The Troubled Families Programme was a scheme, headed up by Dame Louise Casey, aimed at helping 120,000 troubled families across the country to turn their lives around. Run over three years, the programme was a central part of the government’s response to the 2011 London Riots, and focused on intense, one-on-one support for struggling families. We were asked by Northamptonshire County Council to gather qualitative insight which would help evaluate at a local level their part of the programme.
How we approached it
We did qualitative, in-depth interviews with families who’d been on the scheme in Northamptonshire. We used the Appreciative Enquiry model of gathering insight, to help us explore each family’s set of issues from the inside out. The project required a great deal of sensitivity, and we focused on at home visits in familiar setting, so as to build confidence among respondents.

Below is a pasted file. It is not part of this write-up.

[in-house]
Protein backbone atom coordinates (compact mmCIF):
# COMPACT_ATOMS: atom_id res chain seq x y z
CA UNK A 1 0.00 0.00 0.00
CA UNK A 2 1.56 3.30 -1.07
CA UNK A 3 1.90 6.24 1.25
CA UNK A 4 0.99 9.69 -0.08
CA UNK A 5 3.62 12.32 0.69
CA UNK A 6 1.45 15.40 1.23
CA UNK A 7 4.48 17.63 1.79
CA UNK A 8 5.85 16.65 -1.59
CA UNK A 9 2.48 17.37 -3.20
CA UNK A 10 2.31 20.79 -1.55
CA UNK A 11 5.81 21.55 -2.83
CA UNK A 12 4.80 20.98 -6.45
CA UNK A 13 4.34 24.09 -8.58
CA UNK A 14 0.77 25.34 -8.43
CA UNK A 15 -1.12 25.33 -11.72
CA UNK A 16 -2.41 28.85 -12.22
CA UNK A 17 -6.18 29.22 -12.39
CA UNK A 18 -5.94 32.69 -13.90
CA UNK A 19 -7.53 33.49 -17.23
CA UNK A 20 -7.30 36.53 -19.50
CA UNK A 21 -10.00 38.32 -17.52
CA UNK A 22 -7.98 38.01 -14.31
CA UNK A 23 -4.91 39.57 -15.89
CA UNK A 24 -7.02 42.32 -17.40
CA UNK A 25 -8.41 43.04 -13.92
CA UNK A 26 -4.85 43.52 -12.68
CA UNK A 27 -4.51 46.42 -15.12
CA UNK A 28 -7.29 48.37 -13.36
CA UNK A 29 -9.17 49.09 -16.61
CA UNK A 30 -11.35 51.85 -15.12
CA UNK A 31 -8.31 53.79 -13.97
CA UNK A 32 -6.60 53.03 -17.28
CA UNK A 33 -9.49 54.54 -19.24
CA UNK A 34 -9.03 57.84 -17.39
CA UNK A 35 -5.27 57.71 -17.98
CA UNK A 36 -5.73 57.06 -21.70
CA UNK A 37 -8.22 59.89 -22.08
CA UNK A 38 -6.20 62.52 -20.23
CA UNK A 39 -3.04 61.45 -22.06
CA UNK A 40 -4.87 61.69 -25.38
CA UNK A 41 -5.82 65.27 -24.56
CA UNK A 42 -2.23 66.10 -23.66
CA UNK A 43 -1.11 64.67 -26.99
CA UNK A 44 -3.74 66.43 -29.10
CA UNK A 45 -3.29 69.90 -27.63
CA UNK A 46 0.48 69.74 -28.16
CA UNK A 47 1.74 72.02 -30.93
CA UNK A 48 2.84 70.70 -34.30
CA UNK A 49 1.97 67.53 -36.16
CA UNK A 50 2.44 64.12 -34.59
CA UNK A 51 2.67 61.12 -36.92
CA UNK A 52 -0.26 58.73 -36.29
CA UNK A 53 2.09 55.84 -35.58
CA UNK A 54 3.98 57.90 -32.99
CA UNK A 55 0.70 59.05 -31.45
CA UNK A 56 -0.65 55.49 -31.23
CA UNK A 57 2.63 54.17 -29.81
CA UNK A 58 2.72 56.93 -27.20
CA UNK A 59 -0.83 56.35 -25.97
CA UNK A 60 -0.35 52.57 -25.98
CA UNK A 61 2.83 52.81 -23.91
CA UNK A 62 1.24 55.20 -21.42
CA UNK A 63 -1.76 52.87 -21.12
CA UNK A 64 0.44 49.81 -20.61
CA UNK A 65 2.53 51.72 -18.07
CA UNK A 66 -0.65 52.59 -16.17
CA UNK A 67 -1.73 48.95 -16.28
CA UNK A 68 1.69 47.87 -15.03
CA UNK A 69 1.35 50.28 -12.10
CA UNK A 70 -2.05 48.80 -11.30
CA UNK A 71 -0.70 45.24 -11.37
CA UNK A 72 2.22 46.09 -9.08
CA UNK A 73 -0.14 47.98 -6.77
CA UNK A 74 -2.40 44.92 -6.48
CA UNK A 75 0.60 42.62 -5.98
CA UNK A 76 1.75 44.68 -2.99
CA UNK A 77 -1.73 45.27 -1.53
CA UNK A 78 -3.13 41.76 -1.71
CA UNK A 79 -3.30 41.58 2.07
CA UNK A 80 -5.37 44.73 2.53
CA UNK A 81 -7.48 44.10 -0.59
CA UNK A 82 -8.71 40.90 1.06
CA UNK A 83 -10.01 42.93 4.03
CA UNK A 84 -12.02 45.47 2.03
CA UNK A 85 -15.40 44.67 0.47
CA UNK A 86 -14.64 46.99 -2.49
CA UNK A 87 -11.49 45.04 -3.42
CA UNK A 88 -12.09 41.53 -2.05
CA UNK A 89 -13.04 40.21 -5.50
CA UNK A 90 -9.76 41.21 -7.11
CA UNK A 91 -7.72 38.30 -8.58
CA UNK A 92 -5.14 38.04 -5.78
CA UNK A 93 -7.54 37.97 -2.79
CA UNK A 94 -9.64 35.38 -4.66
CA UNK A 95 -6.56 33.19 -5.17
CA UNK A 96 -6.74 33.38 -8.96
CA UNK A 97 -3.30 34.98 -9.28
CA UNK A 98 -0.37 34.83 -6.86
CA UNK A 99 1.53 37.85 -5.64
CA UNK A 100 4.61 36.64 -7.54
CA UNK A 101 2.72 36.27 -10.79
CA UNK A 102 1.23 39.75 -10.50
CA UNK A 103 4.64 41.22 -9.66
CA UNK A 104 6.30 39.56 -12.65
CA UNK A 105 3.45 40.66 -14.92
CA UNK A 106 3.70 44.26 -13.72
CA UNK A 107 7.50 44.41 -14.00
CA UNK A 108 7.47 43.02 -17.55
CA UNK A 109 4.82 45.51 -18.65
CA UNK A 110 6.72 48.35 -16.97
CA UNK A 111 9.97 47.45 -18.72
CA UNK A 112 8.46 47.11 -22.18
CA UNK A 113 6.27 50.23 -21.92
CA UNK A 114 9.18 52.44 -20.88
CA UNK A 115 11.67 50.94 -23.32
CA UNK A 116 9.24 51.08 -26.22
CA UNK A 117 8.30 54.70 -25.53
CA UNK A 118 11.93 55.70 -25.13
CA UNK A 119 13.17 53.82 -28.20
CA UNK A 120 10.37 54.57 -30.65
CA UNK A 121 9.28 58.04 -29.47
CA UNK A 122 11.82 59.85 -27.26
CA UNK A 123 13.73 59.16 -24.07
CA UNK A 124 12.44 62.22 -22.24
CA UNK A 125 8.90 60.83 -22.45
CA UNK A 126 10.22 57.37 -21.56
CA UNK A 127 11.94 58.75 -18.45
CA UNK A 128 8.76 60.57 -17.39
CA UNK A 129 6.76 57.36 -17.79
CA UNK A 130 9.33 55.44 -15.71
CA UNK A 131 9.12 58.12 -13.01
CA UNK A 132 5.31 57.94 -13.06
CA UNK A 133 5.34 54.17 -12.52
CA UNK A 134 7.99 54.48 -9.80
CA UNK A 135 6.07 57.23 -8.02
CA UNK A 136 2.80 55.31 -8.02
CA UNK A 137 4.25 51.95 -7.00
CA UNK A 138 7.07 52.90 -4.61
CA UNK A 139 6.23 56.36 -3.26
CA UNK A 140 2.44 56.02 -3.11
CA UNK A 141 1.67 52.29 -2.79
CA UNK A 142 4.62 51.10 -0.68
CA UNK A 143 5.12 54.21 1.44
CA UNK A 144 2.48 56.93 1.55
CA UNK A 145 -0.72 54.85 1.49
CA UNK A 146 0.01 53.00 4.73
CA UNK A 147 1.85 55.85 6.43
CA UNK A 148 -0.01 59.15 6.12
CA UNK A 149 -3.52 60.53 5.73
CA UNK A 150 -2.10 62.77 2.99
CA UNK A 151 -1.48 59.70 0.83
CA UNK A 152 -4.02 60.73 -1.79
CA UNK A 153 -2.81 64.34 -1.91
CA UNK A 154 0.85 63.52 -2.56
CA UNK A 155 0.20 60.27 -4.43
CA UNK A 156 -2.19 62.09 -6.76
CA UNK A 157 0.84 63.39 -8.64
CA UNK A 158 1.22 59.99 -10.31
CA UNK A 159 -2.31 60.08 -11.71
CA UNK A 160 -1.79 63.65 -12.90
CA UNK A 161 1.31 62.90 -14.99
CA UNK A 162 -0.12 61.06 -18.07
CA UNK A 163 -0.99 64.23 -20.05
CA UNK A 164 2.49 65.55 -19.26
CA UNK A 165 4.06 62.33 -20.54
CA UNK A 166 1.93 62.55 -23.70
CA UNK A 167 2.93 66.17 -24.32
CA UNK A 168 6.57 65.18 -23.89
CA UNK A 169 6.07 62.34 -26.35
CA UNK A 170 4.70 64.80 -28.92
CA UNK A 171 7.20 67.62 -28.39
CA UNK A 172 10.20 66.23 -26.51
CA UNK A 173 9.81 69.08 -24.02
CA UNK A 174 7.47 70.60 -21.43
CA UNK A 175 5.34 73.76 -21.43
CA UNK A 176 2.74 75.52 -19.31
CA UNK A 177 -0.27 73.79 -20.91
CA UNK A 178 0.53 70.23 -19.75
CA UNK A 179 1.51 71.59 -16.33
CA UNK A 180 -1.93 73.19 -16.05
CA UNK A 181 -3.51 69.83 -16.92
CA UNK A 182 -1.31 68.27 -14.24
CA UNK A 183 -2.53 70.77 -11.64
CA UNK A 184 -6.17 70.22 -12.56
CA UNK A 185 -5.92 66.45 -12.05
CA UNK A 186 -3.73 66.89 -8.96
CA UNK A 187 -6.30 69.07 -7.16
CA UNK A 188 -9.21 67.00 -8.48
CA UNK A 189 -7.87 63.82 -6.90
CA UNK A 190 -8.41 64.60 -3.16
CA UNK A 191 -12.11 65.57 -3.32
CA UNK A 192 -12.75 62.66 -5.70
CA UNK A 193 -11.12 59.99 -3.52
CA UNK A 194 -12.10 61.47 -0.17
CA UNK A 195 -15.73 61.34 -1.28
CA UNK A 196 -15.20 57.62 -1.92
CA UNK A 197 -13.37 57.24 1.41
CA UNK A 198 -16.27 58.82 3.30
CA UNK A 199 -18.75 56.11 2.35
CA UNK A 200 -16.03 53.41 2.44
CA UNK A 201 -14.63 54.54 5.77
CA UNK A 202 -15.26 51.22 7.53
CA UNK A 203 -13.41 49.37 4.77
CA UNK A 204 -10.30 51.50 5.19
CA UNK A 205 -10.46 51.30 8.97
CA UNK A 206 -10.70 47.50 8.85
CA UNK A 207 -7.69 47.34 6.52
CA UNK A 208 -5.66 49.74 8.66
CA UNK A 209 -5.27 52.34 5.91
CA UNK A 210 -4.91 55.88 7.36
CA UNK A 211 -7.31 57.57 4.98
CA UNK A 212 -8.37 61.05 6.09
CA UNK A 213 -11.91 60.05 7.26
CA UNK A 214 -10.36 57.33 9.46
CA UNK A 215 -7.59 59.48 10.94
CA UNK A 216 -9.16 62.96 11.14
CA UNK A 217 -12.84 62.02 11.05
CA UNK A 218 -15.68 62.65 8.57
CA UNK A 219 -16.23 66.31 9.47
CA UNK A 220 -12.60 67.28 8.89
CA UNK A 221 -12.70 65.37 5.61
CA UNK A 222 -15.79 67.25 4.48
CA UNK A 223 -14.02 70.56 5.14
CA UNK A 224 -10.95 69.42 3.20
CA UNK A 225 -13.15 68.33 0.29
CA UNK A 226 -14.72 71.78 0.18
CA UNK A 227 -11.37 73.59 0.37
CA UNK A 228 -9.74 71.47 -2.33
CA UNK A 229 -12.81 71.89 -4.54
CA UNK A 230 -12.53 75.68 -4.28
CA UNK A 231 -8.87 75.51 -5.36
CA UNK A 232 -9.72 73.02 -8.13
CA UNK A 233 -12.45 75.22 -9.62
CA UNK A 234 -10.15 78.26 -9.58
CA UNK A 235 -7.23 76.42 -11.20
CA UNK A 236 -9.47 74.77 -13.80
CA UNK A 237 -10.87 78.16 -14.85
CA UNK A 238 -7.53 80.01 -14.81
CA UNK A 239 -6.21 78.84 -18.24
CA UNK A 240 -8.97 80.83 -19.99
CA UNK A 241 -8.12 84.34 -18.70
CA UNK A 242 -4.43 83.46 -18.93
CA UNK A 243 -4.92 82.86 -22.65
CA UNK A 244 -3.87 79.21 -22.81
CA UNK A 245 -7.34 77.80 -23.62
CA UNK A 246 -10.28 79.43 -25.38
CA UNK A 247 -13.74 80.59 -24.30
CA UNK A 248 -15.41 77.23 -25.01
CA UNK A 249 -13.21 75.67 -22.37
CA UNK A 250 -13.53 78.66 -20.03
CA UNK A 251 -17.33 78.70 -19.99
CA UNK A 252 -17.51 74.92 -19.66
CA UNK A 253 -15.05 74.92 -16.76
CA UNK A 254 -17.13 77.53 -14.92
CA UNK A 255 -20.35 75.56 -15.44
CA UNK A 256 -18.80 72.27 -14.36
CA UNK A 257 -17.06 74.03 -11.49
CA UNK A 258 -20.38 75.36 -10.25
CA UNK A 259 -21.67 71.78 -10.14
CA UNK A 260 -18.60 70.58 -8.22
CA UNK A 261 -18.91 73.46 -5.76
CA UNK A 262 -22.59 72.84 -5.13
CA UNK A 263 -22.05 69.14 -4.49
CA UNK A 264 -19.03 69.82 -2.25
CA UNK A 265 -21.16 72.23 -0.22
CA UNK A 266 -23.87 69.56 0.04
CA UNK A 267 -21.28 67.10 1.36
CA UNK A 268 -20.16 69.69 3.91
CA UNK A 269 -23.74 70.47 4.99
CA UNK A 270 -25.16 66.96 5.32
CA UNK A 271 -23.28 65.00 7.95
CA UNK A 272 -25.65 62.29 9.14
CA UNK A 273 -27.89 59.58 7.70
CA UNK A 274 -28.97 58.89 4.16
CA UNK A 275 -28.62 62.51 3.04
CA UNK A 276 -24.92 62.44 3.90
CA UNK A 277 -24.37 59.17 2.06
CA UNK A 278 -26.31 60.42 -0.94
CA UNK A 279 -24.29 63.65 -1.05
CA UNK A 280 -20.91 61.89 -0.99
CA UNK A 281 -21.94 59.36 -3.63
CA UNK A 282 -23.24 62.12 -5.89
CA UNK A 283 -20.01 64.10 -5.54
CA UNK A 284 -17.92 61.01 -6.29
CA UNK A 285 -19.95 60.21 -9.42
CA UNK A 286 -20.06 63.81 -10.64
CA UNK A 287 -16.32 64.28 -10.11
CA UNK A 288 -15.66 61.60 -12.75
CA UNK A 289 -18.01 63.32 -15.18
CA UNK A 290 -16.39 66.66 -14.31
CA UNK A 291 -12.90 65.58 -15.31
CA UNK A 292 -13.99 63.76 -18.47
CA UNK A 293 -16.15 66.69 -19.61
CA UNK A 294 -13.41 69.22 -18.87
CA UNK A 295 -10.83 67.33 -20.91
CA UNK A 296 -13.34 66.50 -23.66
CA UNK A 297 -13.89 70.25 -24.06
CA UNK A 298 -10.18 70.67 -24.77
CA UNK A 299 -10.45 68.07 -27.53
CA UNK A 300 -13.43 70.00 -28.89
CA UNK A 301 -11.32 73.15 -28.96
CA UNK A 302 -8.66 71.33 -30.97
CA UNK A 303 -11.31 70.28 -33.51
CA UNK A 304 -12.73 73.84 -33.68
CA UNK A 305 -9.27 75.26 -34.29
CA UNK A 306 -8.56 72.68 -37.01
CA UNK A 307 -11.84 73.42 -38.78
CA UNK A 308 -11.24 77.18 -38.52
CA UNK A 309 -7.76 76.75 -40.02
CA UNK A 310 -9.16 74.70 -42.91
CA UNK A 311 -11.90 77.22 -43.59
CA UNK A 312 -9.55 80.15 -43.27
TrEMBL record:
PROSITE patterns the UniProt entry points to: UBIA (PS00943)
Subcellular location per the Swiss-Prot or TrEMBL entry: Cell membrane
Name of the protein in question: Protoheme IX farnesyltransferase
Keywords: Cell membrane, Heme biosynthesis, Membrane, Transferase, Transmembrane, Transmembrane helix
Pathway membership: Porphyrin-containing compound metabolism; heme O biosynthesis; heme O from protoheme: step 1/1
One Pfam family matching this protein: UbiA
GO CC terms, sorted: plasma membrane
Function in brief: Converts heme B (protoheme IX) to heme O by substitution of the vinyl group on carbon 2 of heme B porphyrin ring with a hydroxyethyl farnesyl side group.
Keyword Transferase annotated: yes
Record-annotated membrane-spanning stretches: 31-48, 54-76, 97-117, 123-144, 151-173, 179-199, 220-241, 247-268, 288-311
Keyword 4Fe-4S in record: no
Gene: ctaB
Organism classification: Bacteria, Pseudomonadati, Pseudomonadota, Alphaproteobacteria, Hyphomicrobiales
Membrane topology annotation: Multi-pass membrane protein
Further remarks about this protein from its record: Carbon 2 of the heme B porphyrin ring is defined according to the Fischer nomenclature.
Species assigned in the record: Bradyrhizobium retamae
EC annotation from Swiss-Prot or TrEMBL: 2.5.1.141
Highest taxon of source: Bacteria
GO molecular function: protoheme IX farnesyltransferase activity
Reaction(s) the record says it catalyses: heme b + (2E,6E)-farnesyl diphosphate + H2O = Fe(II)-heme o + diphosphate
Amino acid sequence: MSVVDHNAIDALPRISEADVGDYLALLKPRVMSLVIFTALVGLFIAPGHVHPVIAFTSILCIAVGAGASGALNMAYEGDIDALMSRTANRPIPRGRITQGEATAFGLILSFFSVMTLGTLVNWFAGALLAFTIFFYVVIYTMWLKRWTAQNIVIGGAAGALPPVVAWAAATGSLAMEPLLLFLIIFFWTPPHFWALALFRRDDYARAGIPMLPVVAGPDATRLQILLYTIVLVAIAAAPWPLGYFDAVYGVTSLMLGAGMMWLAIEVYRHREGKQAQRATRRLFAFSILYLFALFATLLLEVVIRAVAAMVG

The findings were evaluated against the Troubled Families’ programme’s five metrics. We cross-referenced findings against structural factors like service pathways. The findings supported some of the key aspects of the Troubled Families methodology, such as the importance of the relationship with a main facilitator. It also showed success on Northampton’s part across the metrics. We also suggested a number of improvements for moving the programme forward, including an extra focus on interaction with other services, like mental health.